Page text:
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Journey to the center.
Lil B released 35-plus mixtapes onto Spotify and Apple Music in late April. Considering only a few stray projects were on these platforms beforehand, the fact that so much of the blog-era rapper’s work went direct-to-streaming was cause for celebration.
He’s best known as a court jester with a wildly active social media presence. He’ll start beef with NBA players and follow you on Twitter. But his sonic rebellion began in earnest around 2009 when rap blogger Andrew Noz discovered that B made more than 100 Myspace profiles full of music, and then abandoned them. Ever since the prolific hip-hop rebel’s discography has been tricky to track.
In honor of his move to Spotify, where the discography is neatly assembled, I tried to listen to 42 tapes in six days. (You can track my journey below and on this best-of Spotify playlist.)
I definitely feel more based than I’ve ever felt before.
There’s nothing really of note on Lil B’s oldest mixtape Im Thraxx, except for tracks “I Am the Ocean” and “Go to Dumb.” Both foreshadow the eccentric turn the rapper would take. While the latter finds him rapping over production one would expect to hear on an easy-listening playlist, the former is an early example of his “Based Freestyle” delivery, in which he basically raps about whatever he wants, devoid of rhyme scheme or coherence. Case in point:
I’m Based Lord, I’m Based God
I should’ve went to the fucking prom
I should’ve voted best dressed
I should’ve been voted best dressed
Im Thraxx features the first utterance of Lil B calling himself the Based God, his infamous alias that’s become something of a lifestyle brand.
Lil B calling himself a “pretty bitch” on 6 Kiss is subversive in the best possible way. Considering rap music’s toxic, hyper-masculine tendencies, Lil B challenges the norms of the genre by referring to himself as such. I’m going to start my mornings by looking in the mirror and proudly doing the same.
There’s a song on here called “X-Men,” where Lil B raps over a sample of the X-Men cartoon series from the ‘90s, and now I’m wondering what Lil B’s superpower would be if he had one. Maybe something where whenever he says the word “Based” within a 30-mile radius people hug each other and become friends? (The world needs a Lil B comic book.)
Speaking of based, the word is an integral part of Lil B’s music and online virality and is defined as being true to one’s self and not caring about other people’s opinions.
2010’s Everything Based is where Lil B went full-Lil B and never looked back. “Wonton Soup,” “Cooking Dance,” “Suck My Dick Hoe,” “Like a Martian”—these tracks are now essentials and synonymous with his persona. The music video for “Like a Martian” was Lil B’s first viral moment, the visuals depicting him in a home presumed to be his, rapping into the camera. Directed by Kreayshawn, the clip is impossible to look away from.
By now Lil B’s infamous Twitter is up and running, having joined in May 2009.
There’s a song on here called “Cooking Dance,” which references one of the most notable memes associated with Lil B—his signature cooking dance. If you’re unfamiliar with the dance just watch this nine-minute instructional video the rapper made back in 2010. You may have seen variations of it after NFL players scored touchdowns.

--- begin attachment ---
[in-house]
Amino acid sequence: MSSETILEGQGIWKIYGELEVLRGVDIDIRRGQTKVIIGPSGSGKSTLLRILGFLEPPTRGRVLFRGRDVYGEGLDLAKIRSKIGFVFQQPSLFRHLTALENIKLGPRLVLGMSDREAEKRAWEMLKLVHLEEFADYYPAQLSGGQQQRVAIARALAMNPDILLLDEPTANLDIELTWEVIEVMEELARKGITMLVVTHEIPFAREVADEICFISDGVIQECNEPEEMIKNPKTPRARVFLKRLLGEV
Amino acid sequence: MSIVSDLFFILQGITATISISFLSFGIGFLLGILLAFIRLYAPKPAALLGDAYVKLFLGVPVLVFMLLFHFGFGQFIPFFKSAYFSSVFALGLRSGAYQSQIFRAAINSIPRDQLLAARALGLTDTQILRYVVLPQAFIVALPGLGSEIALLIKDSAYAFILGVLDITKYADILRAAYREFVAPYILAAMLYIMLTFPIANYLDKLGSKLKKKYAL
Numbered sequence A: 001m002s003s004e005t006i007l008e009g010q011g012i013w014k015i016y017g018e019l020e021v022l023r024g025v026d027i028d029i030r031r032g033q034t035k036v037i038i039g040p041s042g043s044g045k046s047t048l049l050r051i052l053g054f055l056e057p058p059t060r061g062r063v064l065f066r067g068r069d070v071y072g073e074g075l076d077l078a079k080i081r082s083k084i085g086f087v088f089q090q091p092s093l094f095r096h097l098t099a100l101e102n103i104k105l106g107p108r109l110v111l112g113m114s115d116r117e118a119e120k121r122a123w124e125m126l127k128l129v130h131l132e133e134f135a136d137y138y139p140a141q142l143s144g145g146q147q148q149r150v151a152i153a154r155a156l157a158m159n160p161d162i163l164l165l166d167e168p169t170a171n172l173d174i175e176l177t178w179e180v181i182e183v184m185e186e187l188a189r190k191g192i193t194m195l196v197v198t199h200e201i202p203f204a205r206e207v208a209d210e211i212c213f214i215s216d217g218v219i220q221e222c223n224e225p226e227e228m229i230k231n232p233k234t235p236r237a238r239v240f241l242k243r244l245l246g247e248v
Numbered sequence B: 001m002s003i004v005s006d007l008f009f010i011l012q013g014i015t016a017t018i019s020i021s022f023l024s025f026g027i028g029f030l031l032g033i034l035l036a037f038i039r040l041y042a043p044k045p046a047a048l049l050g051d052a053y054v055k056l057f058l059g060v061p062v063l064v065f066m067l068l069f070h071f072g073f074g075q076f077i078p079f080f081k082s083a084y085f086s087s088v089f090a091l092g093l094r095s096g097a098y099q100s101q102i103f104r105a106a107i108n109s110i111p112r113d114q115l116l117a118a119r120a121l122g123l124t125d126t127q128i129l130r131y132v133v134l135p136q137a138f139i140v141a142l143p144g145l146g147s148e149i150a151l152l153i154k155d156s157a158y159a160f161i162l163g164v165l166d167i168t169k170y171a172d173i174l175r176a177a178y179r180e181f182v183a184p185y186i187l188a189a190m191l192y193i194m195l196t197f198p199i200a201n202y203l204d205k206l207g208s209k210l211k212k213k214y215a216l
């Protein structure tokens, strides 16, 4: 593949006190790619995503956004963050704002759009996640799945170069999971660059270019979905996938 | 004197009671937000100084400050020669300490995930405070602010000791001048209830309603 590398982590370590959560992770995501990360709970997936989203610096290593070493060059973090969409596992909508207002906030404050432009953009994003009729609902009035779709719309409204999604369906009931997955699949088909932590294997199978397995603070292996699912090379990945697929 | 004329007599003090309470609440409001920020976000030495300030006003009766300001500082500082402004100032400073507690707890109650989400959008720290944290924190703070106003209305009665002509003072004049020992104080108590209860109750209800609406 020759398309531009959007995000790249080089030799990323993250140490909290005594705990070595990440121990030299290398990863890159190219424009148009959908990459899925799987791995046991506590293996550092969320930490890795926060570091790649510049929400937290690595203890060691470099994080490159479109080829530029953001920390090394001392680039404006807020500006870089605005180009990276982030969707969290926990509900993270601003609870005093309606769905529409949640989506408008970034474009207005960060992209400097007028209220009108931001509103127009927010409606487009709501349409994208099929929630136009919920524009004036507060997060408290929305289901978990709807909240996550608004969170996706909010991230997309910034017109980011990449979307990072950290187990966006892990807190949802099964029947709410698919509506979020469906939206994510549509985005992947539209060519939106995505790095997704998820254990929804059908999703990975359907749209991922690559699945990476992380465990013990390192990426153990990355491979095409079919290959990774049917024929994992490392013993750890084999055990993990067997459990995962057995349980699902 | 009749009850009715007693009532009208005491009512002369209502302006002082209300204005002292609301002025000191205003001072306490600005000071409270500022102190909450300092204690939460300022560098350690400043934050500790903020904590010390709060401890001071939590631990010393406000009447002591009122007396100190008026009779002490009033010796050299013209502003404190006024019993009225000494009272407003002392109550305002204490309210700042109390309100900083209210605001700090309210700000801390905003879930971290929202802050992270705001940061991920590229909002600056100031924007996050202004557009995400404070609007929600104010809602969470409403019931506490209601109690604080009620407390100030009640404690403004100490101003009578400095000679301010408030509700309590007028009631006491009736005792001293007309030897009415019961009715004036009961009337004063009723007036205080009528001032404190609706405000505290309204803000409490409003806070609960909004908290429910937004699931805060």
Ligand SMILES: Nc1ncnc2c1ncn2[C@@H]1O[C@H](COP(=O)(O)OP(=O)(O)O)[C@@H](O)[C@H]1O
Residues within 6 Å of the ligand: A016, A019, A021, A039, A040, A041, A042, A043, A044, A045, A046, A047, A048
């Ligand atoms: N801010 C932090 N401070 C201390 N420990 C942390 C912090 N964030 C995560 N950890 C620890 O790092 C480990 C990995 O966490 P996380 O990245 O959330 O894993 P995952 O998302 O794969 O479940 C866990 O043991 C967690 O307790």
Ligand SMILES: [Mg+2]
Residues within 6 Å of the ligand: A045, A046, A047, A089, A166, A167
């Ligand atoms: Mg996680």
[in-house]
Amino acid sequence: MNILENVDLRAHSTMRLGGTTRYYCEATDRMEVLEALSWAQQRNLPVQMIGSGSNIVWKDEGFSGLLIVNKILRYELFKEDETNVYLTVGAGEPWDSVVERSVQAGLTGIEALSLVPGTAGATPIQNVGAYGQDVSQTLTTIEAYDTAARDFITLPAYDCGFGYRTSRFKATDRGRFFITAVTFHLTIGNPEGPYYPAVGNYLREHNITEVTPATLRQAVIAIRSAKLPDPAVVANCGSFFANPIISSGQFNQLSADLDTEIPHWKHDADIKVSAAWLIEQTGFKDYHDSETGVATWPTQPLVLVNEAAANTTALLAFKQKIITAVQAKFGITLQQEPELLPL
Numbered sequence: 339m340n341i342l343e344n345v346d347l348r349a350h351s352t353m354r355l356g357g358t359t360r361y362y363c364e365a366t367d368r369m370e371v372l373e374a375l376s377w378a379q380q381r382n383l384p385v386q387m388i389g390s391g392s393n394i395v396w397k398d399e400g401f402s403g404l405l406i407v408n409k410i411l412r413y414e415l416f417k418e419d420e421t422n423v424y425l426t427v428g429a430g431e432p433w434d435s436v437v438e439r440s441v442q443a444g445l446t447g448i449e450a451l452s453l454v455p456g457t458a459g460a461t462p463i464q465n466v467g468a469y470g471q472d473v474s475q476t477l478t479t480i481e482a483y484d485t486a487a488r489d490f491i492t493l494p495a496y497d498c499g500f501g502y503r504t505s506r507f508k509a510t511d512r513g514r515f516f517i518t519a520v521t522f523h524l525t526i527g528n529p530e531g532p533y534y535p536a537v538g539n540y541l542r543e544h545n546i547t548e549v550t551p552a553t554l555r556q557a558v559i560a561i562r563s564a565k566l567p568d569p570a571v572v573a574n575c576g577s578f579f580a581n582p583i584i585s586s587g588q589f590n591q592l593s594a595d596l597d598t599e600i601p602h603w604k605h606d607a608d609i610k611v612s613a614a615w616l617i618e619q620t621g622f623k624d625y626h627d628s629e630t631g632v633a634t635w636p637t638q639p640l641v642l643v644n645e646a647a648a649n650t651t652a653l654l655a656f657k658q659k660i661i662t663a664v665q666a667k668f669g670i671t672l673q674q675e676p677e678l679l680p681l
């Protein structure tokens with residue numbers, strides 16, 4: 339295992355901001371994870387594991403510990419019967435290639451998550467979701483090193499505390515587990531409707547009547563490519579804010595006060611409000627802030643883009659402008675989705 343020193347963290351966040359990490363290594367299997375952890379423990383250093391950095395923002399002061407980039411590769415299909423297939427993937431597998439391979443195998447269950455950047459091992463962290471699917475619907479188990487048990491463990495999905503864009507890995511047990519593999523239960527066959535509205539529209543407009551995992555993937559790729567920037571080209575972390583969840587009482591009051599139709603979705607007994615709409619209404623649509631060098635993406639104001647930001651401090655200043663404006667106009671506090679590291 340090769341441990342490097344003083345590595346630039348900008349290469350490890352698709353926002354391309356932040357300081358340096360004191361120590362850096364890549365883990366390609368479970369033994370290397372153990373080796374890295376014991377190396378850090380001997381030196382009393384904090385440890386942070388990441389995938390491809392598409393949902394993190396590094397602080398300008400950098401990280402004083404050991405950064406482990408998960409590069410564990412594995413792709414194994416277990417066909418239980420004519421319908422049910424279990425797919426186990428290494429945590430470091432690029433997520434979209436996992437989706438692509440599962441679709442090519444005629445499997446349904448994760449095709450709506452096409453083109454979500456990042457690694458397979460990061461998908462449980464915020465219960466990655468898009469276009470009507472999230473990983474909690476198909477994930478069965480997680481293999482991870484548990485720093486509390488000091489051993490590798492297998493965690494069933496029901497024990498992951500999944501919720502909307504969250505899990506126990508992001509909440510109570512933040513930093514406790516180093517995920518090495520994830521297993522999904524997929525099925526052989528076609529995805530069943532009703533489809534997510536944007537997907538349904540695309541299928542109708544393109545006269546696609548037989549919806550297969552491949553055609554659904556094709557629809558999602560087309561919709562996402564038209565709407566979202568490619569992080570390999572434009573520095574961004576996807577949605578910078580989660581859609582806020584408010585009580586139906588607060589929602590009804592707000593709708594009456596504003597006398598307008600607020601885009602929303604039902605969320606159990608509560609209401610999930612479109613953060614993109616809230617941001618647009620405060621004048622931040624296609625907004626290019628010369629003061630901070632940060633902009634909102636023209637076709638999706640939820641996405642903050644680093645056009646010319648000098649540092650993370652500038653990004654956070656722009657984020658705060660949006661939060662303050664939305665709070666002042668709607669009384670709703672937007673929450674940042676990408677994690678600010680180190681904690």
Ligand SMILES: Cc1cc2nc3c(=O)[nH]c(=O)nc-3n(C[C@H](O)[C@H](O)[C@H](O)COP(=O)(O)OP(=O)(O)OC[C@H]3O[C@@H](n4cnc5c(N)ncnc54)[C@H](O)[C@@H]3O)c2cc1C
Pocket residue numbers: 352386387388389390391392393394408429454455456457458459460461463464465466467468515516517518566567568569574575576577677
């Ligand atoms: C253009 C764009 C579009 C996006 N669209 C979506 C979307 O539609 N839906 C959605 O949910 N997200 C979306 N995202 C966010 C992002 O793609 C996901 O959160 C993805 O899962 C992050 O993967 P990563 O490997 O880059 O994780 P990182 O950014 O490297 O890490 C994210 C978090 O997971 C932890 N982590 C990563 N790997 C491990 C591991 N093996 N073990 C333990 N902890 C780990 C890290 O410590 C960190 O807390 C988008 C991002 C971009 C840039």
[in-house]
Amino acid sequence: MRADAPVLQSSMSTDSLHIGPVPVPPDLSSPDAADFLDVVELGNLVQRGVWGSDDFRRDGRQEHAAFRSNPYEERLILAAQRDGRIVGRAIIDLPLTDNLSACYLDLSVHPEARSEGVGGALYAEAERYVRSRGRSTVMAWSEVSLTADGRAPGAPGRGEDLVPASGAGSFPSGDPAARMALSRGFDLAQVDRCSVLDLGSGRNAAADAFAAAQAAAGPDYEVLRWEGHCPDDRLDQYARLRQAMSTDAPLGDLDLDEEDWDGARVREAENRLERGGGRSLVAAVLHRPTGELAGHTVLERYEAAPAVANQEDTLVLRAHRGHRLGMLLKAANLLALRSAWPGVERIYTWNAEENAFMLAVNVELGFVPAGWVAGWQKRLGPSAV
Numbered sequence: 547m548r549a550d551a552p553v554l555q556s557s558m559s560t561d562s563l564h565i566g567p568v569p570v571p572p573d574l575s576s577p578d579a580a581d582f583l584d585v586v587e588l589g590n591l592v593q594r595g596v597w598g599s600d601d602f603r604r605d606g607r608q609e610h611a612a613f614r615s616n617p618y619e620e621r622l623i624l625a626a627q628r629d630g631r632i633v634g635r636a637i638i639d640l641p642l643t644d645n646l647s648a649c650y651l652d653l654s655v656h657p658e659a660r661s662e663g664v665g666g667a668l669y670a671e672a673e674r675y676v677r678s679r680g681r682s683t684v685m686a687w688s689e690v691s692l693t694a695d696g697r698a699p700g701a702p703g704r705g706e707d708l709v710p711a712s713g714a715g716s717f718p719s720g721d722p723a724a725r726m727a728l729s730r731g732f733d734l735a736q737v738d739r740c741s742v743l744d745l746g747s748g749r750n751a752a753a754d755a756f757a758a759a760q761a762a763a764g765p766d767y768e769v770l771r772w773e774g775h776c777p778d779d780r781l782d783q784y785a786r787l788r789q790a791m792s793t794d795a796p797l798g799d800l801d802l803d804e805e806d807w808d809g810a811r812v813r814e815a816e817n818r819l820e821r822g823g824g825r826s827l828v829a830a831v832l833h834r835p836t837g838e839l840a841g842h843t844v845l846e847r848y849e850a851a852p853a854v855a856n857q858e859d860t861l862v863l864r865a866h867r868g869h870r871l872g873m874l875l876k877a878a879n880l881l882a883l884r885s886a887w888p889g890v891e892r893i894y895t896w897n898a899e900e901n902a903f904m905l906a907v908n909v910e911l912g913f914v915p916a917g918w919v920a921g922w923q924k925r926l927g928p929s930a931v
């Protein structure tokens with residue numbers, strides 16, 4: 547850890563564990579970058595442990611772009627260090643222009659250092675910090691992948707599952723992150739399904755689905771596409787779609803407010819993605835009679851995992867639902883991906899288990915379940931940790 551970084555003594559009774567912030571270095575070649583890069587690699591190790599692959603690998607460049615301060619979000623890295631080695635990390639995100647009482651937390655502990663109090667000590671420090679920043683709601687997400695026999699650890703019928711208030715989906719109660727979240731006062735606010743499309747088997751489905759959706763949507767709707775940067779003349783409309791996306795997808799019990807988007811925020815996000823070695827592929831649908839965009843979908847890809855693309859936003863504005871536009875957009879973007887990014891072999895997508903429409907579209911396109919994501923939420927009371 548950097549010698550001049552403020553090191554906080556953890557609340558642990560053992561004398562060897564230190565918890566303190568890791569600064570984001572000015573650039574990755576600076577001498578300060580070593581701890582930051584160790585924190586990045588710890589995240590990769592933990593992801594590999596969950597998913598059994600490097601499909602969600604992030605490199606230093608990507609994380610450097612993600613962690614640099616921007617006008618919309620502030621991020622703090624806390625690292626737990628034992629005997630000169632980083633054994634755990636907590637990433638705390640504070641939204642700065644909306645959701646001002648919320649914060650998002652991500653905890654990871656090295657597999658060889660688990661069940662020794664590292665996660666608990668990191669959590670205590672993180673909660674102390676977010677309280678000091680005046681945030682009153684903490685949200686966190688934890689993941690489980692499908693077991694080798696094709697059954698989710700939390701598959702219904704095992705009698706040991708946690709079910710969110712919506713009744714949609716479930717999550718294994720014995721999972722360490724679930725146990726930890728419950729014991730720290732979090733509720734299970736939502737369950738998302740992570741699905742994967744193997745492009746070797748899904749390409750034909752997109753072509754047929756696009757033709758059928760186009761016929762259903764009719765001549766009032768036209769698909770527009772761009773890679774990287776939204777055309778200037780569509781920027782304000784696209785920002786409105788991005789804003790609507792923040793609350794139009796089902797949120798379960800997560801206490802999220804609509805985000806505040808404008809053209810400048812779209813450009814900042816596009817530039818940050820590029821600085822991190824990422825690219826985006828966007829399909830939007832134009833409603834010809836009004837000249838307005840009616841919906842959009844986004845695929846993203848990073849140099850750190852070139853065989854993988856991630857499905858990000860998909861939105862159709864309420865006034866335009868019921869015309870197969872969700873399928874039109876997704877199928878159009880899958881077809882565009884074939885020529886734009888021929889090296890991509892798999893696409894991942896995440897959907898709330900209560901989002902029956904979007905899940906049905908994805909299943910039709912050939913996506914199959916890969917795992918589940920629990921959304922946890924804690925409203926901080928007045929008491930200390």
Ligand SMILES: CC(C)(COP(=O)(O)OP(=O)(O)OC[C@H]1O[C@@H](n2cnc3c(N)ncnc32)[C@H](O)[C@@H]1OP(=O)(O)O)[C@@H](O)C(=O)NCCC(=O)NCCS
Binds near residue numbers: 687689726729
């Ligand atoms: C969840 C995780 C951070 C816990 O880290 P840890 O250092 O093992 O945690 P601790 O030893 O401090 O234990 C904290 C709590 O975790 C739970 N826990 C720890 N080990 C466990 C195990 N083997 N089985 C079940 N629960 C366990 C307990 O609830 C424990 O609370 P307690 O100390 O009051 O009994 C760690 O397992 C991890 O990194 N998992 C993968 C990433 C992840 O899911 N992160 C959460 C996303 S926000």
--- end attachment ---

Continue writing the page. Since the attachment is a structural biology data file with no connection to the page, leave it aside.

“Im Paris Hilton” on Lil B’s Blue Flame mixtape is important because it introduces a recurring theme throughout his music: referring to himself as famous people. The hook of the track is literally “Hilton, Hilton, Hilton, bitch I’m Paris Hilton.” Granted, there are more noteworthy people he dedicates songs to later, but Hilton was the first.
Rain in England is 14 tracks of Lil B rapping over avant-garde and ambient production—which he credits to his Based God alter ego. The project is also considered an album, with the rapper previously stating that he wrote the lyrics for it in a coffee shop over the course of a month.
Lil B should consider releasing a meditation mixtape. Or just an instrumental version of Rain in England. He should also just become a yoga instructor and open up a studio called Based Yoga.
Red Flame features two celebrity tracks: “Bitch Im Bill Clinton” and “Im Miley Cyrus.” The latter is better because of how Lil B says “Party in the USA” toward the end of the song.
Evil Red Flame has some of the best samples I’ve heard from a Lil B mixtape. “Fuckin With Me” samples Sarah McLachlan’s “I Will Remember You”; “Happy New Year” samples Demon Hunter’s “The Soldier’s Song”; and “Hipster Girls” samples Daft Punk’s “High Fidelity.” You can tell this dude is online all the time.
I’ve been listening to “Fuckin With Me” on a loop because I can’t actually believe Lil B flipped a song about heartfelt memories into a death threat.
Angels Exodus is refreshing, primarily because it’s only 39 minutes long, his shortest release thus far. Similar to Rain in England, the project is considered an album by Lil B.
Wow, “More Silence More Coffins” features a pitched up sample of Evanescence’s “Bring Me to Life.” Incredible. According to the Wikipedia page for Angels Exodus, its theme is “Lil B against the undead: zombies and vampires.” This is probably why Evanescence is sample on a track titled “More Silence More Coffins.”
Why are there three variations of Lil B’s Red Flame? There’s the original, Evil Red Flame, and now Red Flame (Devil Music Edition). Ironically, Devil Music Edition is the least sinister of the three, with the rapper explaining how the mixtape’s title is a “metaphor for music and what the people, artists, and what I see them feeding the community.”
OK, Evil Red Flame is my favorite. I keep circling back to that Sarah McLachlan sample.
I really hope Lil B has a framed portrait of the mixtape artwork for Illusions of Grandeur in his house.
When Lil B said “Don’t be on the outside, come on in / We got to work as a people to move on my friend,” I felt that.
Why is Bitch Mob Respect da Bitch almost 90 minutes? His maximalist approach to output will test your patience here.